The Alienware 17 R5 is a slickly designed gaming laptop that leverages Intel’s first Core i9 mobile chip and an overclocked GeForce GTX 1080 to deliver desktop-class power. It’s heavy and expensive though.
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Dell already had a winning formula for its flagship desktop replacement.
The Alienware 17 R4 sat atop our guide to the best gaming laptops ever since we reviewed it just shy of a year ago. Sure, it was big and heavy like all the most powerful gaming laptops are, but the notebook delivered such blisteringly fast performance that the trade-off proved worthwhile for enthusiasts. The classic Alienware design delivered nice touches (like side RGB accent lights) you don’t often see elsewhere. It kicked ass, full stop.
The newest iteration largely sticks with proven success, with one key difference: an upgrade to Intel’s 8th-gen mobile processors, which pack more CPU cores than previous generations did. The Alienware 17 R5 we’re reviewing today packs Intel’s debut high-performance Core i9 laptop chip. Friends, the Core i9-8950HK inside turns this already beastly gaming laptop into an utter monster. Let’s go.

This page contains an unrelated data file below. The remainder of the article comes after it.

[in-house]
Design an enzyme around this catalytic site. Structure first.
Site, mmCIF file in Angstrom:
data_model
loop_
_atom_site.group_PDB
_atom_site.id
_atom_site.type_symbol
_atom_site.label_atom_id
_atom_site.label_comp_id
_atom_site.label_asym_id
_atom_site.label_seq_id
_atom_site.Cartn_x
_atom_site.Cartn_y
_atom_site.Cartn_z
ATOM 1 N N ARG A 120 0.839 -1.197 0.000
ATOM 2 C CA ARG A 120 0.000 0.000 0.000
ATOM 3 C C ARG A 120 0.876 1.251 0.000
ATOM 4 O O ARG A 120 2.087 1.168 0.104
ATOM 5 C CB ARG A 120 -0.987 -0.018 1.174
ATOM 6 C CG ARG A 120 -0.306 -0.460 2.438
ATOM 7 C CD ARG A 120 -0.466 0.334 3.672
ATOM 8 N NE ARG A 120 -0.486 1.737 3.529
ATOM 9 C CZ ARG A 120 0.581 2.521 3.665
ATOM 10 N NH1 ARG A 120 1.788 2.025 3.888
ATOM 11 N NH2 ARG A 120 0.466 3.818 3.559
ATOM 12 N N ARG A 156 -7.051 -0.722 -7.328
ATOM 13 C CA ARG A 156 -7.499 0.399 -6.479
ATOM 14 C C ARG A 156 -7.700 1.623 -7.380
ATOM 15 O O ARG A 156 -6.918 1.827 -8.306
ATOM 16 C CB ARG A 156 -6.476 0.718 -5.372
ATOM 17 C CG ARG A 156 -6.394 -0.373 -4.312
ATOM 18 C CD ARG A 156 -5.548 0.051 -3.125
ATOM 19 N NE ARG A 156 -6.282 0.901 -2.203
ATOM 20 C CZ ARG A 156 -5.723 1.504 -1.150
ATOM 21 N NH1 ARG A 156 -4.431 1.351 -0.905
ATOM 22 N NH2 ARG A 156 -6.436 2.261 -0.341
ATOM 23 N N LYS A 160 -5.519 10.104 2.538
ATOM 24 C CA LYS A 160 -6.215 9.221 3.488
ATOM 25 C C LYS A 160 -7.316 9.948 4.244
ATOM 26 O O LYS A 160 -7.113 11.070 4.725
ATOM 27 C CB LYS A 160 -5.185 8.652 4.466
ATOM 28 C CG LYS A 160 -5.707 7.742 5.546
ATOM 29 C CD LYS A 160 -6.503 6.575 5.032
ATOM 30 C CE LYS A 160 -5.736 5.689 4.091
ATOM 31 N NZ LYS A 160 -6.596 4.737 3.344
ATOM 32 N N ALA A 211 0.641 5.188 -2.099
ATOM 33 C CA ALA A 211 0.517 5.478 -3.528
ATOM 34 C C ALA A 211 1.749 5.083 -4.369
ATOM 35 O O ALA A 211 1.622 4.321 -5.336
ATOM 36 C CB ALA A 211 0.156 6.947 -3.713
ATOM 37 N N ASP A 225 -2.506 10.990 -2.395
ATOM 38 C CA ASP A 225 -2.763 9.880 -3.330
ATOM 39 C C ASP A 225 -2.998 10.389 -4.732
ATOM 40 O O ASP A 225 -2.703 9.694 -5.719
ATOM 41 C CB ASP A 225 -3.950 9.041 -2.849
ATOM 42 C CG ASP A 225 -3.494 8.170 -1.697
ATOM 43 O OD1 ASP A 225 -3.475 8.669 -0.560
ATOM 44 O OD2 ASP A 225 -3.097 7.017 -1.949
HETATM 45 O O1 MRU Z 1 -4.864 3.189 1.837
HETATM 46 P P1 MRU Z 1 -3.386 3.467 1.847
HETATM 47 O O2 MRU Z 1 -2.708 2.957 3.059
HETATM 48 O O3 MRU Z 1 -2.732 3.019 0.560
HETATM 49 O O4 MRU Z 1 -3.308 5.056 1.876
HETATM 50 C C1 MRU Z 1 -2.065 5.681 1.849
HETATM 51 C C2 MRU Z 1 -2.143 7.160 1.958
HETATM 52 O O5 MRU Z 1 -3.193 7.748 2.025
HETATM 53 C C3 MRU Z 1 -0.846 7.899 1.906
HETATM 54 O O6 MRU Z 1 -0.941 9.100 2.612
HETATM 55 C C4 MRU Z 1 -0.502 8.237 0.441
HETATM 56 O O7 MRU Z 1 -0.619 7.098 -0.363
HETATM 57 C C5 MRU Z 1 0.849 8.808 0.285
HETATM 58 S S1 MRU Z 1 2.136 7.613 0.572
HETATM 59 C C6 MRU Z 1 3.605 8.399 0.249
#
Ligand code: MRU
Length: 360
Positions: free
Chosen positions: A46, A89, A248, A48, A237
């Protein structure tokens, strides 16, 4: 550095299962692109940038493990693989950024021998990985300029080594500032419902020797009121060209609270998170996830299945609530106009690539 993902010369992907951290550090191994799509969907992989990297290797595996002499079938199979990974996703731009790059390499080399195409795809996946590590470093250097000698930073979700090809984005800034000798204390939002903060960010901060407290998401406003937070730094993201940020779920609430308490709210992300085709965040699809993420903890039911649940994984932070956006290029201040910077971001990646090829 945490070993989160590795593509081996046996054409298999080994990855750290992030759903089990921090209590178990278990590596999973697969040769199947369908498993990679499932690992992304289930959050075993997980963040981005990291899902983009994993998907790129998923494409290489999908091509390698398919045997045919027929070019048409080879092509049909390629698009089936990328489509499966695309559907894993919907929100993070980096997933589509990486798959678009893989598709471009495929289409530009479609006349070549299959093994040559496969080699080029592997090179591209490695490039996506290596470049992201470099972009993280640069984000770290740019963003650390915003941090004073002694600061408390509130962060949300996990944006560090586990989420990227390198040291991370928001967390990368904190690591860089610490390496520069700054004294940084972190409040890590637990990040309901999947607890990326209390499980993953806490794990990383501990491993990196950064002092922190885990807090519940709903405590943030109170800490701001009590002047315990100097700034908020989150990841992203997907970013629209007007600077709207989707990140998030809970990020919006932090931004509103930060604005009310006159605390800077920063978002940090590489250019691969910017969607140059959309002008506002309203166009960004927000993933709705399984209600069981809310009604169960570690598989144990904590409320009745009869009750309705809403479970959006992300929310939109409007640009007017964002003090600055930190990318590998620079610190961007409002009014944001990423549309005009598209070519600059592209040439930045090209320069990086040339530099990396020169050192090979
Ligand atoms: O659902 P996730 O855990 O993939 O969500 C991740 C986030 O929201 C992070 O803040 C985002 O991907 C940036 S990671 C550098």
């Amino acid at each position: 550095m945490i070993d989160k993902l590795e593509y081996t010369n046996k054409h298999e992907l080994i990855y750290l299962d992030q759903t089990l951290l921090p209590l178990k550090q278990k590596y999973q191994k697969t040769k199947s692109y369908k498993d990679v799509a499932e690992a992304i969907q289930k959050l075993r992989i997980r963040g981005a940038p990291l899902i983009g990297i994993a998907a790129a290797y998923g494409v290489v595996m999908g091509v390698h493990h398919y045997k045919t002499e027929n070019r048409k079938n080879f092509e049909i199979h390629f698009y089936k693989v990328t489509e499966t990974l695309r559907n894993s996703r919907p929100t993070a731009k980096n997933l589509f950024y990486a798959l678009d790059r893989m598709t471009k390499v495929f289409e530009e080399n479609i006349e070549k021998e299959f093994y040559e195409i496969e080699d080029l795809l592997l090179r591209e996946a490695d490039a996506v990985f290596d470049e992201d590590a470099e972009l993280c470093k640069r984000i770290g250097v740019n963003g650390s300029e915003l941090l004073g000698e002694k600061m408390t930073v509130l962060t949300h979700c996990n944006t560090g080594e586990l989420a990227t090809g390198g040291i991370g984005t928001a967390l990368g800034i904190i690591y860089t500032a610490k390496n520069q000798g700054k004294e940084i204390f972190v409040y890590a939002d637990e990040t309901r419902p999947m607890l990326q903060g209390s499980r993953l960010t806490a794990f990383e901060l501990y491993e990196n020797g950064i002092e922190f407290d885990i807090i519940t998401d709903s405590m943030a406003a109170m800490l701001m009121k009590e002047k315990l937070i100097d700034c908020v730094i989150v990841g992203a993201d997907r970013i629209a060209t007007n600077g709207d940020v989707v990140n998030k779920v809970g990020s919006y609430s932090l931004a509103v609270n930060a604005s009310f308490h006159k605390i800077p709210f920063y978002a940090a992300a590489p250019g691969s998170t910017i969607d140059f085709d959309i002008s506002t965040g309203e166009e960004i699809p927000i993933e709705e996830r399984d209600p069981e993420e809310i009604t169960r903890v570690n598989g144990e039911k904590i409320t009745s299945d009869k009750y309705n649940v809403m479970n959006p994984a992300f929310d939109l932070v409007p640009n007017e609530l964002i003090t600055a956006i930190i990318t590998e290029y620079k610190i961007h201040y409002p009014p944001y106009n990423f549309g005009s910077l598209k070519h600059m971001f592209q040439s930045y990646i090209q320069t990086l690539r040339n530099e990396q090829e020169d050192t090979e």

Note: This review is part of our roundup of the best gaming laptops. Go there for details about competing products and how we tested them.
Alienware 17 R5 specs, features, and price
The Alienware 17 R5 is available in a variety of configurations, from a $1,560 model with a 6-core Core i7-8750H, an overclocked GeForce GTX 1060, and a 60Hz 1080p display, all the way up to the price-is-no-object-I-want-performance$3,810 version we’re testing today. Optional features could push that total even higher. Here’s what’s inside our review unit. Spoiler alert: It’s loaded.
Ports: Thunderbolt 3, USB 3.0 Type-C, two USB 3.0 Type-A, HDMI 2.0, mini-DisplayPort 1.2, headphone/mic, Noble Lock slot, ethernet, Alienware Graphics Amplifier port
Weight: 9 pounds, 12 ounces, or 12 pounds, 15.2 ounces with power brick
Dimensions: 16.7 x 13.1 x 1.18 inches
Webcam: Alienware FHD with Tobii IR eye-tracking
As you can see from the spec list, the high-end Alienware 17 R5 spares no expense on the internals. The Core i9-8950HK packs the same six cores and twelve threads as the 8th-gen Core i7 chips, but at higher clocks that range from 2.8GHz all the way up to 4.8GHz. Even more impressive, it manages to stay steady at 4GHz even when Cinebench is stressing every available CPU core and thread. This thing cranks—and as an HK-series chip, you can crank it even further by overclocking it.